The face of modern education?. Flickr/Richard Lee. Some rights reserved.
Ansgar Allen (2014) Benign Violence: Education in and beyond the Age of Reason, Basingstoke; Palgrave MacMillan. ISBN 9781137272850. £65.00.
Too many sociological and education studies are published nowadays. The pressure to publish has outrun the need to have something different to say. Wheels are constantly re-invented, well-worn furrows are re-ploughed, established ideas, concepts and insights re-cycled. It is not far-fetched to believe that much of what is written and published is actually not intended to be read, it is there to be counted and measured and used to make judgements or claims about the productivity of the author – ‘a new species of academic is in the ascendant’ (p. xi). Worth has become detached from originality. What a relief then it is to read something original, different, challenging, playful, inventive and significant.
Ansgar Allen’s book is all of those things. And more than that it is a book of, for and against our times. It is a book that should be read; it has a pressing necessity to it. I challenge any academic to be unmoved by its asides to the state of contemporary higher education, to not recognise themselves and their plight. The book is about us, we pedagogues and the damage we do. It is about the social construction of what we call education in modern times. It is about the ad hoc, messy but overbearing institution we call school. It is about the strategic concatenation of power relations that produce what we call the classroom, and the assembly – painful, measured, compared and celebrated of what we call the pupil. We take schooling for granted, and it does have a long history, but it is an artful, artificial and artefactual phenomenon that needs to be destabilised.
Allen’s book defies many current academic conventions but at the same time draws on older ones – it is presented and written in the form of Nietzsche and Pascal, a set of mediations on the state of education. But the defiance of convention is not simply an affectation – it makes a point. The meditations are poignant, provocative, reflexive and sometimes painfully funny. And although decidedly and eruditely Foucauldian the book is not a homage; it raises difficult questions about the relevance of Foucauldian analytics to contemporary politics.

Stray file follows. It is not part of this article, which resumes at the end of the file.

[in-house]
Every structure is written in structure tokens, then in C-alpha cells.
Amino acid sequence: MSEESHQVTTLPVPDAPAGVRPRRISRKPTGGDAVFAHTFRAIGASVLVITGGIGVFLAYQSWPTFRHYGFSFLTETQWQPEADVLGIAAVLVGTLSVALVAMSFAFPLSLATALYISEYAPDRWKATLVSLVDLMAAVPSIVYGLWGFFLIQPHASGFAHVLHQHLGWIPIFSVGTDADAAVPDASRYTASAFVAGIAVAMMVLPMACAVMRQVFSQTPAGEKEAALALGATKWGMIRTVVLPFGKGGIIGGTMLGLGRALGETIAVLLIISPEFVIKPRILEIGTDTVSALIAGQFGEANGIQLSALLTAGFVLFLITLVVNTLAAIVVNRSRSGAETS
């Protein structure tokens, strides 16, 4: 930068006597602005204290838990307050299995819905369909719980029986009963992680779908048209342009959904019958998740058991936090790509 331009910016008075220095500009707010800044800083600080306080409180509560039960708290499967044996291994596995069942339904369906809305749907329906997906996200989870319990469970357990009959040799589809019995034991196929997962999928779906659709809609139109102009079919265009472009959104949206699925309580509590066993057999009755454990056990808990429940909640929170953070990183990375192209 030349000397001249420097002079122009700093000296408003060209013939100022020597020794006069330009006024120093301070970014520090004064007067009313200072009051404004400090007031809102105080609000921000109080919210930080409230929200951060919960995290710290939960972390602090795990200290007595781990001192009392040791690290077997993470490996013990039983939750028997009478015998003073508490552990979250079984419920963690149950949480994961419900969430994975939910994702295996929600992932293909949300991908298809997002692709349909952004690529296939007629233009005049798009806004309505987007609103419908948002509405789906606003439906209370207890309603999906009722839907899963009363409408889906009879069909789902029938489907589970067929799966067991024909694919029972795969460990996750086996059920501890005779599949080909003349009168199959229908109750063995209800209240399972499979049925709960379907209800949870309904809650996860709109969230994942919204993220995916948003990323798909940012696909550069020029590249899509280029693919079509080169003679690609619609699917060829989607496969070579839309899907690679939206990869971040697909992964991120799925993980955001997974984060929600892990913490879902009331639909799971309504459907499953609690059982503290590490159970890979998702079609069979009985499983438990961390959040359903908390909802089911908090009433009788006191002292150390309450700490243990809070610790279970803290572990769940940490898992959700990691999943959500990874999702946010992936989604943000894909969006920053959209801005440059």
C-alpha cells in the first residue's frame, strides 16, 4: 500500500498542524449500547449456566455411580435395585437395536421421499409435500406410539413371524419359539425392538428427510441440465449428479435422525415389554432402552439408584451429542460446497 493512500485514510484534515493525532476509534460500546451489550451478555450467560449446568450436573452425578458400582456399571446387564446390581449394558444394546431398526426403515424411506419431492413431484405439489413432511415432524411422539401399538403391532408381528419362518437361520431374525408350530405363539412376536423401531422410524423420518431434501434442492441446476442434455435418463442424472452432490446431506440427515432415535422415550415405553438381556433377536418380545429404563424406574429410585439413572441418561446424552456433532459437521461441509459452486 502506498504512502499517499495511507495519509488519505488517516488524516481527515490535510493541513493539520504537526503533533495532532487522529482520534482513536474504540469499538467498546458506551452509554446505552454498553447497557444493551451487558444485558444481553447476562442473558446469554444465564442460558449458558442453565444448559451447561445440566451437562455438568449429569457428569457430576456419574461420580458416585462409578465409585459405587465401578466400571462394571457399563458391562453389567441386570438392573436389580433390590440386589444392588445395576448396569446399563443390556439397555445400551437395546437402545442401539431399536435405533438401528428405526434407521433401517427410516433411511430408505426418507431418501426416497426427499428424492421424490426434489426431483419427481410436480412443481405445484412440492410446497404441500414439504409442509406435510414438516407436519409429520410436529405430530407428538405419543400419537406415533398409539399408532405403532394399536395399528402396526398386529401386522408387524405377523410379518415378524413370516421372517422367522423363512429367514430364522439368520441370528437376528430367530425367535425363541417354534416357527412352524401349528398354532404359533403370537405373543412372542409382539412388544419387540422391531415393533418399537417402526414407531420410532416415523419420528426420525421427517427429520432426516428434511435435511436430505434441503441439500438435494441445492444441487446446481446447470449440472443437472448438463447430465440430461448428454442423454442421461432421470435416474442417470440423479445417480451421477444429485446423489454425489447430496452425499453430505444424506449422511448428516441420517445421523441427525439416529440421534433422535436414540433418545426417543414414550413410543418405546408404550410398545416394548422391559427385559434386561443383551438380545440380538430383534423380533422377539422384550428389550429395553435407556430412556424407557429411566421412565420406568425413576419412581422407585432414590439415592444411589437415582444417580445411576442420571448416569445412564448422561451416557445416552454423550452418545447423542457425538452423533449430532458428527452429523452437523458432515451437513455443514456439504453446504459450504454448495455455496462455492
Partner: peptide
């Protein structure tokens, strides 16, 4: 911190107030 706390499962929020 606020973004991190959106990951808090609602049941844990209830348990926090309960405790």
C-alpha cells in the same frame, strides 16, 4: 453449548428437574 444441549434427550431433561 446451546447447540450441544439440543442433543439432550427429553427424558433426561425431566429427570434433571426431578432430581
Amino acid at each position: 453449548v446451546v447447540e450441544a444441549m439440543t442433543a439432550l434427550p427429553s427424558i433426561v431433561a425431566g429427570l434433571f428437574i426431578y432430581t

‘Desirables’, ‘passables’ and ‘undesirables’
What the book makes forcefully clear is how little has changed since the invention of state education in the 19th Century, and how many of the reforms and innovations of contemporary education have their genealogical basis in the problems of managing the urban population in the 19th century.
In particular alongside testing, categorisation and the scourge of the norm, Allen illustrates the continuing role of eugenic rationality within contemporary education. He reminds us of the tortuous but fundamental intertwining of eugenics, testing and the Origin of the Species – the survival of the fittest, the need to adapt to changing environmental conditions – meritocracy in other words. Meritocracy, a term rediscovered and laughably misunderstood by Tony Blair, is now to the forefront of many of the third sector programmes that are embedded in English education policy – like Teach First, the Sutton Trust and ARK, whose raison d’etre is to identify and sponsor the aspiring, able and deserving children of the working class.